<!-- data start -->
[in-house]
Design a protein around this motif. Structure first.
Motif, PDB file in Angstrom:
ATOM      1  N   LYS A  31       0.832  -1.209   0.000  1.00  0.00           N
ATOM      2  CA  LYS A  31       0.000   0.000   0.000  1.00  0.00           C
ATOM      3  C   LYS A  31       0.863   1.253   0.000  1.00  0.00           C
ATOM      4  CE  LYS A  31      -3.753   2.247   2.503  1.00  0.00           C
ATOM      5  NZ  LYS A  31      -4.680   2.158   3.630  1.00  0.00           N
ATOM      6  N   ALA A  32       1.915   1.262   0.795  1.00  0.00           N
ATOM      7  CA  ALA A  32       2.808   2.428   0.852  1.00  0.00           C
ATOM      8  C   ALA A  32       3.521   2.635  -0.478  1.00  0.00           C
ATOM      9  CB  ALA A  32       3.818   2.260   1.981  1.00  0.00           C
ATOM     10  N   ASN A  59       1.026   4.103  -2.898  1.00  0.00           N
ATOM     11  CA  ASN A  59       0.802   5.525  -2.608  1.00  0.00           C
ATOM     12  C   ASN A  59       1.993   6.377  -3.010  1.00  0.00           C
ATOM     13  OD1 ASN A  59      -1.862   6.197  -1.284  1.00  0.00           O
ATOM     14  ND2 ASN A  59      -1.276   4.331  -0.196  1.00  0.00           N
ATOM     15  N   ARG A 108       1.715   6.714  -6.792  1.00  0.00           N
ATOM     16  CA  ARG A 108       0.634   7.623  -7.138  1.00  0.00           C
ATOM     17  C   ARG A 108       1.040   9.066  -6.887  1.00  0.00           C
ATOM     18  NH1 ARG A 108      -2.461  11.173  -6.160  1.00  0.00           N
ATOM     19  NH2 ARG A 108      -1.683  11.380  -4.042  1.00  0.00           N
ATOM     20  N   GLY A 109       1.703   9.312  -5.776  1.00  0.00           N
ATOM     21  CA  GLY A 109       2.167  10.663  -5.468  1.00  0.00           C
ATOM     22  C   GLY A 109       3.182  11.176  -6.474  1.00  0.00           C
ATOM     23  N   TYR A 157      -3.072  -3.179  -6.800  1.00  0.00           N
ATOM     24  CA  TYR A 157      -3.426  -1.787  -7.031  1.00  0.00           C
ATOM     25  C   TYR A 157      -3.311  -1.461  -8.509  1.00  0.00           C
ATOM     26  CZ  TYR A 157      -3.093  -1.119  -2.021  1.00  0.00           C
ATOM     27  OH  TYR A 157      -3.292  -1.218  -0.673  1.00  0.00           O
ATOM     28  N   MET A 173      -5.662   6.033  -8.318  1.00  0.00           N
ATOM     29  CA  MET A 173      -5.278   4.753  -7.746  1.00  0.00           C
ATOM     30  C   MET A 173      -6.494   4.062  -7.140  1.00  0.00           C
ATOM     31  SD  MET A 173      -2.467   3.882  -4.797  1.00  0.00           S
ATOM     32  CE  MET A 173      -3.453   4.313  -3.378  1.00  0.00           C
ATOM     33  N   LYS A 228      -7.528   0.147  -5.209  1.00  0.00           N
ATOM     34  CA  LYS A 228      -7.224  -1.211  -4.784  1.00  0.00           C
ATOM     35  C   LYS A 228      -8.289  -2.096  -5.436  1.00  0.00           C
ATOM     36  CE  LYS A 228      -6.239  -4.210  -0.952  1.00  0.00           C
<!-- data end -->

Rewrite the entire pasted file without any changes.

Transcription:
[in-house]
Design a protein around this motif. Structure first.
Motif, PDB file in Angstrom:
ATOM      1  N   LYS A  31       0.832  -1.209   0.000  1.00  0.00           N
ATOM      2  CA  LYS A  31       0.000   0.000   0.000  1.00  0.00           C
ATOM      3  C   LYS A  31       0.863   1.253   0.000  1.00  0.00           C
ATOM      4  CE  LYS A  31      -3.753   2.247   2.503  1.00  0.00           C
ATOM      5  NZ  LYS A  31      -4.680   2.158   3.630  1.00  0.00           N
ATOM      6  N   ALA A  32       1.915   1.262   0.795  1.00  0.00           N
ATOM      7  CA  ALA A  32       2.808   2.428   0.852  1.00  0.00           C
ATOM      8  C   ALA A  32       3.521   2.635  -0.478  1.00  0.00           C
ATOM      9  CB  ALA A  32       3.818   2.260   1.981  1.00  0.00           C
ATOM     10  N   ASN A  59       1.026   4.103  -2.898  1.00  0.00           N
ATOM     11  CA  ASN A  59       0.802   5.525  -2.608  1.00  0.00           C
ATOM     12  C   ASN A  59       1.993   6.377  -3.010  1.00  0.00           C
ATOM     13  OD1 ASN A  59      -1.862   6.197  -1.284  1.00  0.00           O
ATOM     14  ND2 ASN A  59      -1.276   4.331  -0.196  1.00  0.00           N
ATOM     15  N   ARG A 108       1.715   6.714  -6.792  1.00  0.00           N
ATOM     16  CA  ARG A 108       0.634   7.623  -7.138  1.00  0.00           C
ATOM     17  C   ARG A 108       1.040   9.066  -6.887  1.00  0.00           C
ATOM     18  NH1 ARG A 108      -2.461  11.173  -6.160  1.00  0.00           N
ATOM     19  NH2 ARG A 108      -1.683  11.380  -4.042  1.00  0.00           N
ATOM     20  N   GLY A 109       1.703   9.312  -5.776  1.00  0.00           N
ATOM     21  CA  GLY A 109       2.167  10.663  -5.468  1.00  0.00           C
ATOM     22  C   GLY A 109       3.182  11.176  -6.474  1.00  0.00           C
ATOM     23  N   TYR A 157      -3.072  -3.179  -6.800  1.00  0.00           N
ATOM     24  CA  TYR A 157      -3.426  -1.787  -7.031  1.00  0.00           C
ATOM     25  C   TYR A 157      -3.311  -1.461  -8.509  1.00  0.00           C
ATOM     26  CZ  TYR A 157      -3.093  -1.119  -2.021  1.00  0.00           C
ATOM     27  OH  TYR A 157      -3.292  -1.218  -0.673  1.00  0.00           O
ATOM     28  N   MET A 173      -5.662   6.033  -8.318  1.00  0.00           N
ATOM     29  CA  MET A 173      -5.278   4.753  -7.746  1.00  0.00           C
ATOM     30  C   MET A 173      -6.494   4.062  -7.140  1.00  0.00           C
ATOM     31  SD  MET A 173      -2.467   3.882  -4.797  1.00  0.00           S
ATOM     32  CE  MET A 173      -3.453   4.313  -3.378  1.00  0.00           C
ATOM     33  N   LYS A 228      -7.528   0.147  -5.209  1.00  0.00           N
ATOM     34  CA  LYS A 228      -7.224  -1.211  -4.784  1.00  0.00           C
ATOM     35  C   LYS A 228      -8.289  -2.096  -5.436  1.00  0.00           C
ATOM     36  CE  LYS A 228      -6.239  -4.210  -0.952  1.00  0.00           C